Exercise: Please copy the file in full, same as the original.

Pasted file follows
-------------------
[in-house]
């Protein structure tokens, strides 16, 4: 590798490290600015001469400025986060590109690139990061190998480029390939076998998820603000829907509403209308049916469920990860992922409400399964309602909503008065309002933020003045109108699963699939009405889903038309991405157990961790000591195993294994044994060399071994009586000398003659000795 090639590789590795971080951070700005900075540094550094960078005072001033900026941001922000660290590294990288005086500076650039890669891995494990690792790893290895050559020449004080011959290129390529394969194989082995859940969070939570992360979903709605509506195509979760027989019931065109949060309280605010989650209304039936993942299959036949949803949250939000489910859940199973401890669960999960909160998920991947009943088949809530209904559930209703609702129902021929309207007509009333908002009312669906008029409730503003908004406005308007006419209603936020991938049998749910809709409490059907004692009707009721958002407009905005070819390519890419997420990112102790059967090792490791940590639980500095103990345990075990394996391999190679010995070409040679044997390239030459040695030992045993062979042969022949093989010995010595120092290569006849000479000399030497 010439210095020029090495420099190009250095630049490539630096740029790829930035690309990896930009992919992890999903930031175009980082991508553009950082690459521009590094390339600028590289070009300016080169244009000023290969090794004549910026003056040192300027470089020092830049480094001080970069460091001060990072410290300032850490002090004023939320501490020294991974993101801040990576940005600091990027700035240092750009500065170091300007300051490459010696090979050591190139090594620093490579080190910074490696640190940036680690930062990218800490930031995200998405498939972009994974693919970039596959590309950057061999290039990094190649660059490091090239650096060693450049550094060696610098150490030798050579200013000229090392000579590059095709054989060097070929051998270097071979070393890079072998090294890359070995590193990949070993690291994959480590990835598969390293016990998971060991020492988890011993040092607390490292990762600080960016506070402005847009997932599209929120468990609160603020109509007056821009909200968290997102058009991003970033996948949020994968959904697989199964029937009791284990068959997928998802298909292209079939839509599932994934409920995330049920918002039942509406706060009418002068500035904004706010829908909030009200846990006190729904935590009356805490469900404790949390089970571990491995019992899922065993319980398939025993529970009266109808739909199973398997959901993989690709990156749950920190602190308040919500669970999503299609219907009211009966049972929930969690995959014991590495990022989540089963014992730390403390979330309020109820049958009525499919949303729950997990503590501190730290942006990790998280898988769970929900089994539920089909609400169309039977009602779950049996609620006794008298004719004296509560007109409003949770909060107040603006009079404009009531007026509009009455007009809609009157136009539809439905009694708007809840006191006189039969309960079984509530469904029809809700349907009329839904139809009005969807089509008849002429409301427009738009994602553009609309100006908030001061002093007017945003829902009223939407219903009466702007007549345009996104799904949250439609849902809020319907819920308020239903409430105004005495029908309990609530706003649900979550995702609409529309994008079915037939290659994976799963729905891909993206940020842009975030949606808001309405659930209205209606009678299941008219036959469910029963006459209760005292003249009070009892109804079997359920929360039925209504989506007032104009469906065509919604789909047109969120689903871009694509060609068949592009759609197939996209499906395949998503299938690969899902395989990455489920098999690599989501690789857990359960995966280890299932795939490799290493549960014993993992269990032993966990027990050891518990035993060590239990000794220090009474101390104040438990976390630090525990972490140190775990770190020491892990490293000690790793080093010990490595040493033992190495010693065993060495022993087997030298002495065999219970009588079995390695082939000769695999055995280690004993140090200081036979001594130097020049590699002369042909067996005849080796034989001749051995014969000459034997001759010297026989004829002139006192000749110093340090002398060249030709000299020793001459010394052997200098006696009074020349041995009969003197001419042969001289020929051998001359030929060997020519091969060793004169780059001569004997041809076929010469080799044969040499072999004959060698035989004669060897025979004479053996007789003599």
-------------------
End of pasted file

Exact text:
[in-house]
């Protein structure tokens, strides 16, 4: 590798490290600015001469400025986060590109690139990061190998480029390939076998998820603000829907509403209308049916469920990860992922409400399964309602909503008065309002933020003045109108699963699939009405889903038309991405157990961790000591195993294994044994060399071994009586000398003659000795 090639590789590795971080951070700005900075540094550094960078005072001033900026941001922000660290590294990288005086500076650039890669891995494990690792790893290895050559020449004080011959290129390529394969194989082995859940969070939570992360979903709605509506195509979760027989019931065109949060309280605010989650209304039936993942299959036949949803949250939000489910859940199973401890669960999960909160998920991947009943088949809530209904559930209703609702129902021929309207007509009333908002009312669906008029409730503003908004406005308007006419209603936020991938049998749910809709409490059907004692009707009721958002407009905005070819390519890419997420990112102790059967090792490791940590639980500095103990345990075990394996391999190679010995070409040679044997390239030459040695030992045993062979042969022949093989010995010595120092290569006849000479000399030497 010439210095020029090495420099190009250095630049490539630096740029790829930035690309990896930009992919992890999903930031175009980082991508553009950082690459521009590094390339600028590289070009300016080169244009000023290969090794004549910026003056040192300027470089020092830049480094001080970069460091001060990072410290300032850490002090004023939320501490020294991974993101801040990576940005600091990027700035240092750009500065170091300007300051490459010696090979050591190139090594620093490579080190910074490696640190940036680690930062990218800490930031995200998405498939972009994974693919970039596959590309950057061999290039990094190649660059490091090239650096060693450049550094060696610098150490030798050579200013000229090392000579590059095709054989060097070929051998270097071979070393890079072998090294890359070995590193990949070993690291994959480590990835598969390293016990998971060991020492988890011993040092607390490292990762600080960016506070402005847009997932599209929120468990609160603020109509007056821009909200968290997102058009991003970033996948949020994968959904697989199964029937009791284990068959997928998802298909292209079939839509599932994934409920995330049920918002039942509406706060009418002068500035904004706010829908909030009200846990006190729904935590009356805490469900404790949390089970571990491995019992899922065993319980398939025993529970009266109808739909199973398997959901993989690709990156749950920190602190308040919500669970999503299609219907009211009966049972929930969690995959014991590495990022989540089963014992730390403390979330309020109820049958009525499919949303729950997990503590501190730290942006990790998280898988769970929900089994539920089909609400169309039977009602779950049996609620006794008298004719004296509560007109409003949770909060107040603006009079404009009531007026509009009455007009809609009157136009539809439905009694708007809840006191006189039969309960079984509530469904029809809700349907009329839904139809009005969807089509008849002429409301427009738009994602553009609309100006908030001061002093007017945003829902009223939407219903009466702007007549345009996104799904949250439609849902809020319907819920308020239903409430105004005495029908309990609530706003649900979550995702609409529309994008079915037939290659994976799963729905891909993206940020842009975030949606808001309405659930209205209606009678299941008219036959469910029963006459209760005292003249009070009892109804079997359920929360039925209504989506007032104009469906065509919604789909047109969120689903871009694509060609068949592009759609197939996209499906395949998503299938690969899902395989990455489920098999690599989501690789857990359960995966280890299932795939490799290493549960014993993992269990032993966990027990050891518990035993060590239990000794220090009474101390104040438990976390630090525990972490140190775990770190020491892990490293000690790793080093010990490595040493033992190495010693065993060495022993087997030298002495065999219970009588079995390695082939000769695999055995280690004993140090200081036979001594130097020049590699002369042909067996005849080796034989001749051995014969000459034997001759010297026989004829002139006192000749110093340090002398060249030709000299020793001459010394052997200098006696009074020349041995009969003197001419042969001289020929051998001359030929060997020519091969060793004169780059001569004997041809076929010469080799044969040499072999004959060698035989004669060897025979004479053996007789003599």